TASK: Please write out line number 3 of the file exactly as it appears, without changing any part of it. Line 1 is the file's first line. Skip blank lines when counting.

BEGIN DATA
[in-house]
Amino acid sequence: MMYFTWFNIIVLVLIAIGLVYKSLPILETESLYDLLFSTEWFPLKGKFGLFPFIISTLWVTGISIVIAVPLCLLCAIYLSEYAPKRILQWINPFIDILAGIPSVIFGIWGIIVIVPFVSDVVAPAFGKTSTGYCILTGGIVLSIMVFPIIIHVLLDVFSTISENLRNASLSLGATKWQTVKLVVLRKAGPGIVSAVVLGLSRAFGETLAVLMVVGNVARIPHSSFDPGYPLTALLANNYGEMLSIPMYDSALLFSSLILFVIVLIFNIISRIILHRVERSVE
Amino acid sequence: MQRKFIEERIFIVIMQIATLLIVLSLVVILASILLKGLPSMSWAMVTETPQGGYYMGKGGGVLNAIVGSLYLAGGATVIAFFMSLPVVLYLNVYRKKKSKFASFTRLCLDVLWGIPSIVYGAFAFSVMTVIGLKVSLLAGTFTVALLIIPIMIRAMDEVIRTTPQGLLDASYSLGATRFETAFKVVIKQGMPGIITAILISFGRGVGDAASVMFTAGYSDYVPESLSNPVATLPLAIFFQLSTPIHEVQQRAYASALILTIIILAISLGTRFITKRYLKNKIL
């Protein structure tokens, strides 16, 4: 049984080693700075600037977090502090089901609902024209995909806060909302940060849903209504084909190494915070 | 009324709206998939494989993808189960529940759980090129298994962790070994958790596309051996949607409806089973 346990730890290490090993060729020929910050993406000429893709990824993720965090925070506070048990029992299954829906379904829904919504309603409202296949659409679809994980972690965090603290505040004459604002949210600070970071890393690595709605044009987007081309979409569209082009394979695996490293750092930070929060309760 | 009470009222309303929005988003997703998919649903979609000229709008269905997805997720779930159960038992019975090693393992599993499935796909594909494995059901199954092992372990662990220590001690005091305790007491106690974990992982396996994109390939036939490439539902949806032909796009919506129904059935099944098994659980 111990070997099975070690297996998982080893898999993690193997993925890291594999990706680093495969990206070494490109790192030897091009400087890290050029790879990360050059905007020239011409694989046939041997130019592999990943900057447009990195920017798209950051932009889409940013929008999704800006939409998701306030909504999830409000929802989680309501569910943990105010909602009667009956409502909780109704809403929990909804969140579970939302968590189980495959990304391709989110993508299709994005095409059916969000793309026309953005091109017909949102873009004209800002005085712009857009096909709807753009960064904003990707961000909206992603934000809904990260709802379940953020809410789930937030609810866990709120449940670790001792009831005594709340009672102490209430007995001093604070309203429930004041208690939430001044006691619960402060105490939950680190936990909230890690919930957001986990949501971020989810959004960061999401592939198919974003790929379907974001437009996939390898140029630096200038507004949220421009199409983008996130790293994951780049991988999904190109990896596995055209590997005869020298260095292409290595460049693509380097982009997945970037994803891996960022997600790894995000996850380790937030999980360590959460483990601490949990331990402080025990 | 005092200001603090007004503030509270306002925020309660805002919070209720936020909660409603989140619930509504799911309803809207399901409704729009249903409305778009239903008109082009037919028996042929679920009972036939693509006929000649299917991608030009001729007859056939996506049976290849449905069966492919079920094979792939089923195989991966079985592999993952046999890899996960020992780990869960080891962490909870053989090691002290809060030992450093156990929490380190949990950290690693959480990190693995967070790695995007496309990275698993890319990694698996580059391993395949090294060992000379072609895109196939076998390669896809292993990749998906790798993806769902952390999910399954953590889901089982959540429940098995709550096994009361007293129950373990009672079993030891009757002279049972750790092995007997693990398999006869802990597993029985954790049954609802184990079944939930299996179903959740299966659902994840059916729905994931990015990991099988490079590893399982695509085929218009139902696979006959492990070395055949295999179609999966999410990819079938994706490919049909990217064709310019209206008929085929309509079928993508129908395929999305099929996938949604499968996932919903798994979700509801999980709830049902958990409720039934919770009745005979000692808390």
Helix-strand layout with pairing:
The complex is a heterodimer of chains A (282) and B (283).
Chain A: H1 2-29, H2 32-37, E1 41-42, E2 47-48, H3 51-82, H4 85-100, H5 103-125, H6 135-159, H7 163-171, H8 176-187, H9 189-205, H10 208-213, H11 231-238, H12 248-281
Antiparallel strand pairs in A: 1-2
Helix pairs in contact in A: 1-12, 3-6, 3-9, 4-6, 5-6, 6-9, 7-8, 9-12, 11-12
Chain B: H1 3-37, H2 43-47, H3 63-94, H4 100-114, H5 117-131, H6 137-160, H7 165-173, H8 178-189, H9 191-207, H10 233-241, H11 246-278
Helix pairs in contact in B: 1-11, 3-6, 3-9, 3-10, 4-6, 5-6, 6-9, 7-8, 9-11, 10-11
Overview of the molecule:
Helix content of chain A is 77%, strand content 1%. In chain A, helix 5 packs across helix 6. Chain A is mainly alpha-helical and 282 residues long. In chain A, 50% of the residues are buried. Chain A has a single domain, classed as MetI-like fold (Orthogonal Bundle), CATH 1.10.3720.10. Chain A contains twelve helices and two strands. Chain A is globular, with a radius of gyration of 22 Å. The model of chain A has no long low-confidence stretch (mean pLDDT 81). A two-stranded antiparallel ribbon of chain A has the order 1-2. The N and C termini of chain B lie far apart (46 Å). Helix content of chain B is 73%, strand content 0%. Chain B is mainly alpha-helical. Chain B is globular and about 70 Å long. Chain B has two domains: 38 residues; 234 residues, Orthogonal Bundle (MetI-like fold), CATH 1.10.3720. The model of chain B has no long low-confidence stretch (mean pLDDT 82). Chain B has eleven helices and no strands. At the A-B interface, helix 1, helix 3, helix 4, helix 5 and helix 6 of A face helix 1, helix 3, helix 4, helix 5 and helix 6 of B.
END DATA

Amino acid sequence: MQRKFIEERIFIVIMQIATLLIVLSLVVILASILLKGLPSMSWAMVTETPQGGYYMGKGGGVLNAIVGSLYLAGGATVIAFFMSLPVVLYLNVYRKKKSKFASFTRLCLDVLWGIPSIVYGAFAFSVMTVIGLKVSLLAGTFTVALLIIPIMIRAMDEVIRTTPQGLLDASYSLGATRFETAFKVVIKQGMPGIITAILISFGRGVGDAASVMFTAGYSDYVPESLSNPVATLPLAIFFQLSTPIHEVQQRAYASALILTIIILAISLGTRFITKRYLKNKIL